Kodak Alaris CIO has 2.5 years to replace all its legacy IT

Phil Wainewright Profile picture for user pwainewright November 10, 2014
Spun out of its bankrupt parent, Kodak Alaris has two-and-a-half years left to replace all its legacy IT before the old systems are switched off

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Owed $2.8 billion dollars by the bankrupt Kodak film, camera and imaging business, the trustees of the company's former UK pension fund made a bold move last year to protect the future income of its pension holders. It handed over $650 million to acquire Kodak's legacy film and document imaging businesses — an organization with 4700 people in 30 countries and projected annual revenues of $1.3 billion.

Thus Kodak Alaris came into being in September 2013 as a separate global business, wholly owned by the UK pension fund. Its personal imaging division makes photographic paper and supplies retail image printing kiosks, while the document scanning business serves many of Europe's biggest banks and insurance companies in Europe.

The newborn enterprise now has to separate its operations from the continuing Eastman Kodak company, which has refocused its business on commercial imaging equipment after restructuring under Chapter 11 bankruptcy.

Building from scratch

The man charged with the task of building an entire IT infrastructure from scratch for Kodak Alaris is its CIO John Milazzo. As he put it when we met last week:

We're currently running our entire company inside Eastman Kodak. My challenge over the next two and a half years is transferring everything out.

What makes this unusual is that it's a completely greenfield opportunity from an IT perspective but within a long-established, global business.

It's a once-in-a-lifetime opportunity. For us it's the cadence we have to get right — can we get it done before our license expires with the Eastman Kodak Company?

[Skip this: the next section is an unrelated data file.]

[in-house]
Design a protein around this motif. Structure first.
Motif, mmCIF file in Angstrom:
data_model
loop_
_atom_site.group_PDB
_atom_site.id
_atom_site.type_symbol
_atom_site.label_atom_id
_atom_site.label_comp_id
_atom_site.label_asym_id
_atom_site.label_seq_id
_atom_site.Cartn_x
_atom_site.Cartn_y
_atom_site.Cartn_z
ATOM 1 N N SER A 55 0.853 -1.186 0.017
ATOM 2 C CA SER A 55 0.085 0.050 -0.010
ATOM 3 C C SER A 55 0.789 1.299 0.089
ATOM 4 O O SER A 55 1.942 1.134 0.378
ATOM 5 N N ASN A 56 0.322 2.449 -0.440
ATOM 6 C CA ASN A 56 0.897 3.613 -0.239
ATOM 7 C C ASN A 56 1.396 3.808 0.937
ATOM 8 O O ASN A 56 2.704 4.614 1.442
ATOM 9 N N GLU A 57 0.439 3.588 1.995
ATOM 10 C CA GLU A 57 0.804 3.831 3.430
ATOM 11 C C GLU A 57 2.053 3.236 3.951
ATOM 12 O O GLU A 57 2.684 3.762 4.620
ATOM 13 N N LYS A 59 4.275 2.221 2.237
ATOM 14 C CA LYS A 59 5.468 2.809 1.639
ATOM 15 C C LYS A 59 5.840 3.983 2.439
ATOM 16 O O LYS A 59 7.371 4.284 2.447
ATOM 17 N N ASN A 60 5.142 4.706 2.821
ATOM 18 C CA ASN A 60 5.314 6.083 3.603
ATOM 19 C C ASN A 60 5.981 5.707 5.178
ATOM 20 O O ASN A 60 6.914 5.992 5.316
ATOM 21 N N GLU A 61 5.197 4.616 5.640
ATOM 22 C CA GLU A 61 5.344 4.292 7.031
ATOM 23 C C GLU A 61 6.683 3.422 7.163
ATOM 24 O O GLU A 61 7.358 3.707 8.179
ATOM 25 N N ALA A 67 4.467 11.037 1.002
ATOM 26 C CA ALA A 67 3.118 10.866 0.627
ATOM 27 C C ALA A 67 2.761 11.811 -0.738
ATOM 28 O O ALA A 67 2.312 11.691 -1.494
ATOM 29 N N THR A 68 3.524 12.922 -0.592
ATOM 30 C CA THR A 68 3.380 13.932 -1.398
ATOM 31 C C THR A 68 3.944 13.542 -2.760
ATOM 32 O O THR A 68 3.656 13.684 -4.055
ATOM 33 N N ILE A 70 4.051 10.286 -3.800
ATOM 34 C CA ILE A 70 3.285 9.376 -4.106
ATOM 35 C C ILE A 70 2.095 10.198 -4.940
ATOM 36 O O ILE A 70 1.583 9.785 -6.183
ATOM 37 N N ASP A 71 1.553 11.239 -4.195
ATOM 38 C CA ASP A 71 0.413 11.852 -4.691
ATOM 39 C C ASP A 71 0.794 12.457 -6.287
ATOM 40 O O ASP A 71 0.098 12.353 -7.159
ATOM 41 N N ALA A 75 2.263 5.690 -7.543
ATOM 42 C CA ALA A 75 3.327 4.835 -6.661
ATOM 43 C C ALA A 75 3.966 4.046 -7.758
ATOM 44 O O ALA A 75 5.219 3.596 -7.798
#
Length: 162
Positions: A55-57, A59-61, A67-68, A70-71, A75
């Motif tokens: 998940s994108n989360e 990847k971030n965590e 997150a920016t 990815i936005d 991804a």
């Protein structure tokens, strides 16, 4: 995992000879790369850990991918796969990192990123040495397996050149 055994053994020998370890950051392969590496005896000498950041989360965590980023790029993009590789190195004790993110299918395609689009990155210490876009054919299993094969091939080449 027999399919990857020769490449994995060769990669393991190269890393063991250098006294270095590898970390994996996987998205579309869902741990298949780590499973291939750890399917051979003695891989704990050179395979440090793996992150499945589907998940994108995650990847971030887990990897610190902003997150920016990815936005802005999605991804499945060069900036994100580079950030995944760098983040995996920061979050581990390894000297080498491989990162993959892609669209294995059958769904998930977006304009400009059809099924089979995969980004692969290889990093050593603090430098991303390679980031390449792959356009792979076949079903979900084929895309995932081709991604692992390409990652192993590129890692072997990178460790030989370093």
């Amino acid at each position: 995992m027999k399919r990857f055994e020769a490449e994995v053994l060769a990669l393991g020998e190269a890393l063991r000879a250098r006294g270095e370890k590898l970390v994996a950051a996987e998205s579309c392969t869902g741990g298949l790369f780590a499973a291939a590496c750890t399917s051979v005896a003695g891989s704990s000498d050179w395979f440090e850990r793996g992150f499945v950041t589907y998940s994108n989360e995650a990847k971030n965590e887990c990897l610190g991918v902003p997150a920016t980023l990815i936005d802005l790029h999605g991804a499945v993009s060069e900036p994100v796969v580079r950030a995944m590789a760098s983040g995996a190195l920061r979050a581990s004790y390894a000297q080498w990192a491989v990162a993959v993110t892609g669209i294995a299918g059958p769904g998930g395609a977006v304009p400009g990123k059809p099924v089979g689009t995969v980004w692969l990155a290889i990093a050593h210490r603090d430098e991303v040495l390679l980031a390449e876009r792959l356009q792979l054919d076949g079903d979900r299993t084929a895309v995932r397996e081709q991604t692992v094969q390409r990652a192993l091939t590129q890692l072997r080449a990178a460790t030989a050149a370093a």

Out-of-the-box processes

Moving to an entirely new ERP system is giving the company the opportunity to look again at business processes handed down from many years of prior existence. Rather than accepting those custom processes, Milazzo told me staff are being asked to use the out-of-the-box processes packaged into its chosen Dynamics AX system. If they want any customization, they have to justify the business case to a committee that signs off the necessary investment.

The nice thing about this is, we can look at the business processes coming out of Eastman Kodak.

Over the years we have customized processes in SAP. The challenge to our business team is, here is the standard business process out of the box, why can't we do it that way?

Any change [from the out-of-the-box process] needs to be documented, and we have an investment committee where you have to explain to us how we won't be able to do any of the business functionality unless it's changed.

If you set those hurdles high enough you find all these issues disappear and you're just left with the critical things.

Office 365 replaces Notes

The company has chosen to standardize on Microsoft applications, keying off its initial choice of Dynamics AX as its ERP platform.

Before we made any other decisions we decided what was going to be our ERP system. We then said, we want to try and utilize as much of the Microsoft stack as we possibly can.

The team is currently doing development and testing of the AX system in Azure, and if all goes well on that platform it will go live in the cloud in mid-2015. Meanwhile, the company has just rolled out Office 365 as its replacement for the existing Lotus Notes groupware.

Its rapid timetable didn't allow Kodak Alaris the luxury of a lengthy rollout. Milazzo said this meant a lot of communication, giving users early access to the new tools, setting up training classes for admins and offering remediation training after the go-live for users who discovered they were having problems.

In the end though, it was a matter of simply biting the bullet — or, as the company's chairman told Milazzo:

There isn't any other way to do this. Go rip the Band-Aid off the patient. Just do it.

My take

A fascinating microcosm of the challenges facing many enterprises as they migrate off legacy systems to new, more flexible alternatives.

Unlike most organizations in this predicament, Kodak Alaris has the added pressure of an immovable deadline when it will be obliged to cut ties with its former parent and all of the IT it previously used.

At first glance this seems to make the challenge even more daunting. But perhaps this is a blessing in disguise, forcing the organization to confront and resolve difficult choices, rather than postponing them to another day.

Disclosure: Microsoft arranged, but did not participate in, my meeting with Kodak Alaris CIO John Milazzo at its Convergence EMEA event in Barcelona. Microsoft paid my travel expenses to attend the event.

Image credit: © Kodak Alaris

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